BACKGROUND. Increasing evidence indicates a role for EBV in the pathogenesis of multiple sclerosis (MS). EBV-infected autoreactive B cells might accumulate in the CNS because of defective cytotoxic CD8+ T cell immunity. We sought to determine the feasibility and safety of treating progressive MS patients with autologous EBV-specific T cell therapy. METHODS. An open-label phase I trial was designed to treat 5 patients with secondary progressive MS and 5 patients with primary progressive MS with 4 escalating doses of in vitro–expanded autologous EBV-specific T cells targeting EBV nuclear antigen 1, latent membrane protein 1 (LMP1), and LMP2A. Following adoptive immunotherapy, we monitored the patients for safety and clinical responses. RESULTS. Of the 13 recruited participants, 10 received the full course of T cell therapy. There were no serious adverse events. Seven patients showed improvement, with 6 experiencing both symptomatic and objective neurological improvement, together with a reduction in fatigue, improved quality of life, and, in 3 patients, reduced intrathecal IgG production. All 6 patients receiving T cells with strong EBV reactivity showed clinical improvement, whereas only 1 of the 4 patients receiving T cells with weak EBV reactivity showed improvement (P = 0.033, Fisher’s exact test). CONCLUSION. EBV-specific adoptive T cell therapy was well tolerated. Clinical improvement following treatment was associated with the potency of EBV-specific reactivity of the administered T cells. Further clinical trials are warranted to determine the efficacy of EBV-specific T cell therapy in MS. TRIAL REGISTRATION. Australian New Zealand Clinical Trials Registry, ACTRN12615000422527. FUNDING. MS Queensland, MS Research Australia, Perpetual Trustee Company Ltd., and donations from private individuals who wish to remain anonymous.
Michael P. Pender, Peter A. Csurhes, Corey Smith, Nanette L. Douglas, Michelle A. Neller, Katherine K. Matthews, Leone Beagley, Sweera Rehan, Pauline Crooks, Tracey J. Hopkins, Stefan Blum, Kerryn A. Green, Zara A. Ioannides, Andrew Swayne, Blake T. Aftab, Kaye D. Hooper, Scott R. Burrows, Kate M. Thompson, Alan Coulthard, Rajiv Khanna
Total views: 862
Drug-induced kidney injury, largely caused by proximal tubular intoxicants, limits development and clinical use of new and approved drugs. Assessing preclinical nephrotoxicity relies on animal models that are frequently insensitive; thus, potentially novel techniques — including human microphysiological systems, or “organs on chips” — are proposed to accelerate drug development and predict safety. Polymyxins are potent antibiotics against multidrug-resistant microorganisms; however, clinical use remains restricted because of high risk of nephrotoxicity and limited understanding of toxicological mechanisms. To mitigate risks, structural analogs of polymyxins (NAB739 and NAB741) are currently in clinical development. Using a microphysiological system to model human kidney proximal tubule, we exposed cells to polymyxin B (PMB) and observed significant increases of injury signals, including kidney injury molecule-1 KIM-1and a panel of injury-associated miRNAs (each P < 0.001). Surprisingly, transcriptional profiling identified cholesterol biosynthesis as the primary cellular pathway induced by PMB (P = 1.22 ×10–16), and effluent cholesterol concentrations were significantly increased after exposure (P < 0.01). Additionally, we observed no upregulation of the nuclear factor (erythroid derived-2)–like 2 pathway, despite this being a common pathway upregulated in response to proximal tubule toxicants. In contrast with PMB exposure, minimal changes in gene expression, injury biomarkers, and cholesterol concentrations were observed in response to NAB739 and NAB741. Our findings demonstrate the preclinical safety of NAB739 and NAB741 and reveal cholesterol biosynthesis as a potentially novel pathway for PMB-induced injury. To our knowledge, this is the first demonstration of a human-on-chip platform used for simultaneous safety testing of new chemical entities and defining unique toxicological pathway responses of an FDA-approved molecule.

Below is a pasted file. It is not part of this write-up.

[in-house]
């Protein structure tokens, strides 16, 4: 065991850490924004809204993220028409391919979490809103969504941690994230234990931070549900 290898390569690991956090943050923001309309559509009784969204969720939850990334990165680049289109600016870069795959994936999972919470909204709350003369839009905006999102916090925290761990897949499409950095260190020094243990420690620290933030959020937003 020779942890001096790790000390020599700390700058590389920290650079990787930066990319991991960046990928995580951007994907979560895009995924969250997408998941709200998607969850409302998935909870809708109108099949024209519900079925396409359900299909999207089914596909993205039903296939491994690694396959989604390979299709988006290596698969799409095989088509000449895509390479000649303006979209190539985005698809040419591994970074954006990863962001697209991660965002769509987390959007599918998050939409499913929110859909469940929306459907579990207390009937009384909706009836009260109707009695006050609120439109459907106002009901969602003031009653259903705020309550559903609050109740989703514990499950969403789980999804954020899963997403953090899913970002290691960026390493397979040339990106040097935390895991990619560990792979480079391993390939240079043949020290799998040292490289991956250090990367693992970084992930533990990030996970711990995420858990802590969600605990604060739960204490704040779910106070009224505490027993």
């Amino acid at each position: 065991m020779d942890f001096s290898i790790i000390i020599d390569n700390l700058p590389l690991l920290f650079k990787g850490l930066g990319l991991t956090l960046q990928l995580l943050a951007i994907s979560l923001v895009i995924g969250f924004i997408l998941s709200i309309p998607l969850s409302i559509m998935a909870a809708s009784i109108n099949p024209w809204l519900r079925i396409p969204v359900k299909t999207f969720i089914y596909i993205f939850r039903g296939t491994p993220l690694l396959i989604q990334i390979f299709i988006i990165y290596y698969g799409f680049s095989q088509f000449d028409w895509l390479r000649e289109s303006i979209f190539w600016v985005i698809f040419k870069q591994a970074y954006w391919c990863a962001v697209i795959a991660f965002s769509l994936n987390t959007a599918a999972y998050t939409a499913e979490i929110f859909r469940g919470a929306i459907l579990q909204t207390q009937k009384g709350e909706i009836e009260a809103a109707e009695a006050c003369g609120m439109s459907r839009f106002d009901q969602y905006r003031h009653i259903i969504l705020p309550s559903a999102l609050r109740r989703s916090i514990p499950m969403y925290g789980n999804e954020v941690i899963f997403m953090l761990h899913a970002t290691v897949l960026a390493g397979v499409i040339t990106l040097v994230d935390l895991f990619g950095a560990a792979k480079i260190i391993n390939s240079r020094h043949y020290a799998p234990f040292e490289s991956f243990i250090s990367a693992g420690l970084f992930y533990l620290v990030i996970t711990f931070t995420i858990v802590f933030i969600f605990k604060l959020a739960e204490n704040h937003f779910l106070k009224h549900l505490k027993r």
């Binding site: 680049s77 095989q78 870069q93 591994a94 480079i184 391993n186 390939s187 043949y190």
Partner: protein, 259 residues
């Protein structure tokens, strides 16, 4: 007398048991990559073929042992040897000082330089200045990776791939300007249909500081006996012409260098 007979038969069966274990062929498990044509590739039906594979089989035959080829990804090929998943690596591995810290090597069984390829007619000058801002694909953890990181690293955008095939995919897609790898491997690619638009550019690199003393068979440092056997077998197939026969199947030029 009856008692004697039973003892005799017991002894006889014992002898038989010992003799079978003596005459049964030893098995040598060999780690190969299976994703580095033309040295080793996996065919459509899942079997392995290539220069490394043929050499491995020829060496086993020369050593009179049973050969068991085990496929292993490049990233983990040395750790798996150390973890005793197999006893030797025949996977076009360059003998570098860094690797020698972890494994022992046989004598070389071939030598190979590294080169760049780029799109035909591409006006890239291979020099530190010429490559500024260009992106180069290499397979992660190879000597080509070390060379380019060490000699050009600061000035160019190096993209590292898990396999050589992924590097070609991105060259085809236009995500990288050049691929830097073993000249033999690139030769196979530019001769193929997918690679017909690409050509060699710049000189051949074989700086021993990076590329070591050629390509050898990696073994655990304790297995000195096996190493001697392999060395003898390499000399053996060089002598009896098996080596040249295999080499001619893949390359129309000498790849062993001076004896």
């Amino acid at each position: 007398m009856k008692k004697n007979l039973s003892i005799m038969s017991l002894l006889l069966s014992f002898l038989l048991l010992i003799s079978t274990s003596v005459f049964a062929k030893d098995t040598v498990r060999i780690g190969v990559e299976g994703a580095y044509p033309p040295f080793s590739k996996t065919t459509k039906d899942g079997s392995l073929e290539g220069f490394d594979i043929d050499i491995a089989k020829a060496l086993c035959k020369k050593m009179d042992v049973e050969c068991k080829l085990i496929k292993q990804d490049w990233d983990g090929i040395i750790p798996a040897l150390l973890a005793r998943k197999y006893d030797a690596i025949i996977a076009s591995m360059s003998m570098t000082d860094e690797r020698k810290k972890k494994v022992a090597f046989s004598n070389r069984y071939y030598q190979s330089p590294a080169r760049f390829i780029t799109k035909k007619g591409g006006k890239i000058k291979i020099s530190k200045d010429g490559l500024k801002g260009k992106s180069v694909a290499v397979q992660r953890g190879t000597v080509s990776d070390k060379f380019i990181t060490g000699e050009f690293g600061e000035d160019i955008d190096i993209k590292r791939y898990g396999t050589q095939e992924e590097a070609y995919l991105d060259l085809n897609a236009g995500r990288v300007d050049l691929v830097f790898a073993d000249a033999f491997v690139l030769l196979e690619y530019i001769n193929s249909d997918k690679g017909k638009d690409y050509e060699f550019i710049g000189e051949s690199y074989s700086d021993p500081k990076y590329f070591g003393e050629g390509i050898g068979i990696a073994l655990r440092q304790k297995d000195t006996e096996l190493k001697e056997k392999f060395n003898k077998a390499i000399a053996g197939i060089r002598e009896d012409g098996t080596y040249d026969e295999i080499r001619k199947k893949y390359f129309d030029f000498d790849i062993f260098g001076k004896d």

Elijah J. Weber, Kevin A. Lidberg, Lu Wang, Theo K. Bammler, James W. MacDonald, Mavis J. Li, Michelle Redhair, William M. Atkins, Cecilia Tran, Kelly M. Hines, Josi Herron, Libin Xu, Maria Beatriz Monteiro, Susanne Ramm, Vishal Vaidya, Martti Vaara, Timo Vaara, Jonathan Himmelfarb, Edward J. Kelly
Total views: 729
Tregs are impaired in human systemic lupus erythematosus (SLE) and contribute to effector T cell activation. However, the mechanisms responsible for the Treg deficiency in SLE remain unclear. We hypothesized that the OX40L/OX40 axis is implicated in Treg and regulatory follicular helper T (Tfr) cell dysfunction in human SLE. OX40L/OX40 axis engagement on Tregs and Tfr cells not only specifically impaired their ability to regulate effector T cell proliferation, but also their ability to suppress T follicular helper (Tfh) cell–dependent B cell activation and immunoglobulin secretion. Antigen-presenting cells from patients with active SLE mediated Treg dysfunction in an OX40L-dependent manner, and OX40L-expressing cells colocalized with Foxp3+ cells in active SLE skin lesions. Engagement of the OX40L/OX40 axis resulted in Foxp3 downregulation in Tregs, and expression in SLE Tregs correlated with the proportion of circulating OX40L-expressing myeloid DCs. These data support that OX40L/OX40 signals are implicated in Treg dysfunction in human SLE. Thus, blocking the OX40L/OX40 axis appears to be a promising therapeutic strategy.
Clément Jacquemin, Jean-François Augusto, Marc Scherlinger, Noémie Gensous, Edouard Forcade, Isabelle Douchet, Emeline Levionnois, Christophe Richez, Estibaliz Lazaro, Pierre Duffau, Marie-Elise Truchetet, Julien Seneschal, Lionel Couzi, Jean-Luc Pellegrin, Jean-François Viallard, Thierry Schaeverbeke, Virginia Pascual, Cécile Contin-Bordes, Patrick Blanco
Total views: 547